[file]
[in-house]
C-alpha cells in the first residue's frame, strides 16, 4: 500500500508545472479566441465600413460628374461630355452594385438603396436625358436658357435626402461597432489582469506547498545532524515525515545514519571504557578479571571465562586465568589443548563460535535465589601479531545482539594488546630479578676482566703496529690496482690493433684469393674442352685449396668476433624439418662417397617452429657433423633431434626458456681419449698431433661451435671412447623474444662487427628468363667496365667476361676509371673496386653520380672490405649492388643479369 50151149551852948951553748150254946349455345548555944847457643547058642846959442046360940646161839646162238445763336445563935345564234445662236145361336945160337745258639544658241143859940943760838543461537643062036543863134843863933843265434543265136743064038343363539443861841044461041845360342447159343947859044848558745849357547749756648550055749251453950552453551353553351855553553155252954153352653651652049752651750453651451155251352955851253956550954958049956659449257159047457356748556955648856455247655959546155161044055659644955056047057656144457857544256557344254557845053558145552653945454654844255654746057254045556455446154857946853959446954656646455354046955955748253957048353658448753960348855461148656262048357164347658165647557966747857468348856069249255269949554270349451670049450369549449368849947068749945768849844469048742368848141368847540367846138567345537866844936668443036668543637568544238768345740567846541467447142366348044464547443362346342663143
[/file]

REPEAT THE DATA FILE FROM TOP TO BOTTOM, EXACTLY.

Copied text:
[in-house]
C-alpha cells in the first residue's frame, strides 16, 4: 500500500508545472479566441465600413460628374461630355452594385438603396436625358436658357435626402461597432489582469506547498545532524515525515545514519571504557578479571571465562586465568589443548563460535535465589601479531545482539594488546630479578676482566703496529690496482690493433684469393674442352685449396668476433624439418662417397617452429657433423633431434626458456681419449698431433661451435671412447623474444662487427628468363667496365667476361676509371673496386653520380672490405649492388643479369 50151149551852948951553748150254946349455345548555944847457643547058642846959442046360940646161839646162238445763336445563935345564234445662236145361336945160337745258639544658241143859940943760838543461537643062036543863134843863933843265434543265136743064038343363539443861841044461041845360342447159343947859044848558745849357547749756648550055749251453950552453551353553351855553553155252954153352653651652049752651750453651451155251352955851253956550954958049956659449257159047457356748556955648856455247655959546155161044055659644955056047057656144457857544256557344254557845053558145552653945454654844255654746057254045556455446154857946853959446954656646455354046955955748253957048353658448753960348855461148656262048357164347658165647557966747857468348856069249255269949554270349451670049450369549449368849947068749945768849844469048742368848141368847540367846138567345537866844936668443036668543637568544238768345740567846541467447142366348044464547443362346342663143